RBG is a superbly curated documentary about iconic feminist and Supreme Court Justice, Ruth Bader Ginsburg, now known by millennial activists as the Notorious RBG. Many of us know her as the diminutive, smartly dressed, bespectacled justice who has clung on to her supreme court seat through two bouts of cancer, refused to retire, and has consistently written progressive dissents as the court has drifted ever right-ward. This is all incredibly impressive, but what this documentary does is give context and colour to her judicial record. In particular, I loved seeing her as a beautiful young debutante, really quite stunning, falling in love with her wonderfully supportive husband. How many of us would love such a husband now let alone in the 1950s! - a man who prizes smarts as well as looks and consistently supported his wife's career despite the many obstacles she faced and the insane work hours. To the first, this documentary reminds us how hard it was to simply get hired as a lawyer in the 50s and 60s. To the latter, we learn than RBG would often go to the opera and then return to her desk, working till 4am. She had to be prised away from her desk to eat. One wonders how her kids felt about that but the family members interviewed all seem very successful, loving and proud of their "bubbie". As for her husband, the letter he writes her from his deathbed is utterly moving and one of the most authentic and touching moments of the film.
The documentary also shows us that RBG's fight for justice has been far longer than her supreme court tenure. She was a key driver of challenging unequal laws, and in the words of no less than Gloria Steinem, made Gloria feel that the constitution finally protected her too. We get context and personal anecdote from NPR's legal correspondent Nina Totenberg. And we get the sense of a better, more civilised time in political discourse. It's genuinely surprising but touching to see that RBG and Scalia - on opposite sides of the ideological divide - could have respected each other's intellect and ethics enough to be good friends. And in the light of the Kavanaugh hearings it's amazing to see flashbacks to RBG's own confirmation, where right wing politicians say directly that they disagree with her but that she has an absolute right to be confirmed.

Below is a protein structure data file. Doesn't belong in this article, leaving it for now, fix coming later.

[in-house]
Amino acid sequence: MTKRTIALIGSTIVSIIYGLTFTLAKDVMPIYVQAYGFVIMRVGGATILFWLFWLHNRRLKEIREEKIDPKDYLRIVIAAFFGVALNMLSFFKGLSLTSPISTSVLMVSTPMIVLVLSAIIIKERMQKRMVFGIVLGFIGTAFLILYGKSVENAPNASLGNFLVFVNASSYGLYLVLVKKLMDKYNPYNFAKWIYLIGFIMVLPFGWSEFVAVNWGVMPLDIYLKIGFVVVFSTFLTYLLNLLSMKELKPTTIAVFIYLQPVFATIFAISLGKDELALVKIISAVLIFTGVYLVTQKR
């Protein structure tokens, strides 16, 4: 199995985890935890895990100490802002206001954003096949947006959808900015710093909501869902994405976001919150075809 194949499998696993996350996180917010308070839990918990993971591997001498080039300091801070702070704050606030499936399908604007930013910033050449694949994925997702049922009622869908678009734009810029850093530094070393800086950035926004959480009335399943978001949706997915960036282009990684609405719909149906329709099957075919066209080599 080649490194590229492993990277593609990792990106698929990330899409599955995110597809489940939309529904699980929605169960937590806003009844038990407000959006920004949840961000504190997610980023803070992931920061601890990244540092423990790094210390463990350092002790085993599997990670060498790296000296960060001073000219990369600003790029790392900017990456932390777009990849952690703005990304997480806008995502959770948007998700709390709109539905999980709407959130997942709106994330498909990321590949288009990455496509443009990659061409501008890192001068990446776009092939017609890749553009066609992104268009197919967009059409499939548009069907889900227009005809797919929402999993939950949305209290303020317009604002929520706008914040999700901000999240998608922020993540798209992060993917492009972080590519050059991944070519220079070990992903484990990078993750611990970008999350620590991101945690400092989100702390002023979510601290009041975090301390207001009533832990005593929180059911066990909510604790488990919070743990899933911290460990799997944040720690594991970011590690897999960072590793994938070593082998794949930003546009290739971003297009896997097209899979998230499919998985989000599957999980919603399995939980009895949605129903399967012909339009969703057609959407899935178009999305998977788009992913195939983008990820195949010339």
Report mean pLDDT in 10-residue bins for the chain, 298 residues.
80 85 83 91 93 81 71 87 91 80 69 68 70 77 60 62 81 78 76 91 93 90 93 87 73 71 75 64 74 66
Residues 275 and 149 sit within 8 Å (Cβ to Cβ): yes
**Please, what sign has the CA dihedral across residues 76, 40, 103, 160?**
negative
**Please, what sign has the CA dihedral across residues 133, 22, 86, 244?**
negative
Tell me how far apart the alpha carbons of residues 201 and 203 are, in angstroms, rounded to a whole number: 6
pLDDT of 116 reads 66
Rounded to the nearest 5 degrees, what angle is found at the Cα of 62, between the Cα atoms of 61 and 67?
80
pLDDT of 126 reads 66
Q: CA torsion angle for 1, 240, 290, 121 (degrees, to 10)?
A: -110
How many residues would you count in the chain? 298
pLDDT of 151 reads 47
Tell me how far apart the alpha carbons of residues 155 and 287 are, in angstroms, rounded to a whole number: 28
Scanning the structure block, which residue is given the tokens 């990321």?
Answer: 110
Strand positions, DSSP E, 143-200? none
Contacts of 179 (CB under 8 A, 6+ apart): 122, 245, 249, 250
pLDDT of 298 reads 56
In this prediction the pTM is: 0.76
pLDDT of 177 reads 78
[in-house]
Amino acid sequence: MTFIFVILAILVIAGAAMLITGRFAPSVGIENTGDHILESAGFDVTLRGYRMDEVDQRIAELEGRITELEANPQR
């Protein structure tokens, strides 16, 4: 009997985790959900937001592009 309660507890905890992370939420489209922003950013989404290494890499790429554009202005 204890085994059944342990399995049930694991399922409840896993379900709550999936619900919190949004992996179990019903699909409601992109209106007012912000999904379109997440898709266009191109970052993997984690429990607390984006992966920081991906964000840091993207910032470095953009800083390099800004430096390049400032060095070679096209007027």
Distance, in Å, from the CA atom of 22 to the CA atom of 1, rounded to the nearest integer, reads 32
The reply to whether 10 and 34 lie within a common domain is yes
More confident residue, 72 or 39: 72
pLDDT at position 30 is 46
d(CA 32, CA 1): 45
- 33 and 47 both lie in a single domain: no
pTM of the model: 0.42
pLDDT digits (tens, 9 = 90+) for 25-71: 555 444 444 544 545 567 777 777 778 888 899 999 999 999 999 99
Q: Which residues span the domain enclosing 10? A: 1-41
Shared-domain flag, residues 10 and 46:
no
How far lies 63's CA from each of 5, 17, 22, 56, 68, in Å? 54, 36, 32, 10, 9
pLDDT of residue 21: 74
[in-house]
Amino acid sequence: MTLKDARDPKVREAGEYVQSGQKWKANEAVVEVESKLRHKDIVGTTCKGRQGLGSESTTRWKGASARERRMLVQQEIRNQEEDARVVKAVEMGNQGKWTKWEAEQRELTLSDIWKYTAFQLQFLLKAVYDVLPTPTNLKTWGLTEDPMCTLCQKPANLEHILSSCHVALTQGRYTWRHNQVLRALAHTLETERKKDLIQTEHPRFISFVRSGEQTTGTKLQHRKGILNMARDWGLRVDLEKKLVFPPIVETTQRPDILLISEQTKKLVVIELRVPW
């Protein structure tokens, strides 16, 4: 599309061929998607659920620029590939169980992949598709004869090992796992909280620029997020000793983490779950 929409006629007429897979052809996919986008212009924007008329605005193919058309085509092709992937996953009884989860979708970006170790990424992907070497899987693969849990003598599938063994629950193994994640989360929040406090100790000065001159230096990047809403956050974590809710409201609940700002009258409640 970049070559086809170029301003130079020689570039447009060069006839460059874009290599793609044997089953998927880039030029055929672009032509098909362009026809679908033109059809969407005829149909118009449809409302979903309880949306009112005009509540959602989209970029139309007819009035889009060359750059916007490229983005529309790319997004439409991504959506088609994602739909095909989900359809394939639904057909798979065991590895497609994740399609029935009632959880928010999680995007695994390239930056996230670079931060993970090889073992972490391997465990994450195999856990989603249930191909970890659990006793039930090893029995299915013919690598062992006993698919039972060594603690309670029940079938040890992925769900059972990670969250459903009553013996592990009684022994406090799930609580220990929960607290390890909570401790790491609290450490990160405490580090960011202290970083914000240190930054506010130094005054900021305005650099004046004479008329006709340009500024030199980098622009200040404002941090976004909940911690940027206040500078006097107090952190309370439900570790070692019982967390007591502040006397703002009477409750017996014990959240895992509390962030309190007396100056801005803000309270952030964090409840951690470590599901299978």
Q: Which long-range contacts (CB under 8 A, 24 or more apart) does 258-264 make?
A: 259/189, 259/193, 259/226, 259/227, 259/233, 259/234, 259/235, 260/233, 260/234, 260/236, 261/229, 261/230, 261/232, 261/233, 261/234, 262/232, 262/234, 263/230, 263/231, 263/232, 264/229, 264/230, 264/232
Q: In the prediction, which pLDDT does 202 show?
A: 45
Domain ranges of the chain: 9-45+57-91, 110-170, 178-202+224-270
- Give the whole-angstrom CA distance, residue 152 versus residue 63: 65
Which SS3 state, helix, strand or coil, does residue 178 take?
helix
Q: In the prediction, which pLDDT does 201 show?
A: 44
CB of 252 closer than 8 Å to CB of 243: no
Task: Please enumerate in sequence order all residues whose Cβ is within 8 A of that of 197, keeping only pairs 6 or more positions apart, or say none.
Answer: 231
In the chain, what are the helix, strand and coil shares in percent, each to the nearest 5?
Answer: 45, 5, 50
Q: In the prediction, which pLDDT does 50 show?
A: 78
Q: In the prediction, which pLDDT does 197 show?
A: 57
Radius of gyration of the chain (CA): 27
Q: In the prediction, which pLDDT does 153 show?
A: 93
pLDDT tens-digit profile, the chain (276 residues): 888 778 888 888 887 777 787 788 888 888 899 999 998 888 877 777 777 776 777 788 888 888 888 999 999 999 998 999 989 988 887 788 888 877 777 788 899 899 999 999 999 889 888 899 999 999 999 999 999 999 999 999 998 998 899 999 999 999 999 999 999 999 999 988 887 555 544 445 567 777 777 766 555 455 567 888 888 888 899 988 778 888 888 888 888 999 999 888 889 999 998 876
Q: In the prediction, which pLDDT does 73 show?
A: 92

Altogether this is an insightful, moving and sometimes surprising documentary that gives added context and colour to a woman who has rightfully become something of a latter day superhero.
RBG has a running time of 98 minutes and is rated PG. The film played Sundance 2018 and was released in the USA last year. It is currently on release in cinemas and on streaming services in the UK.
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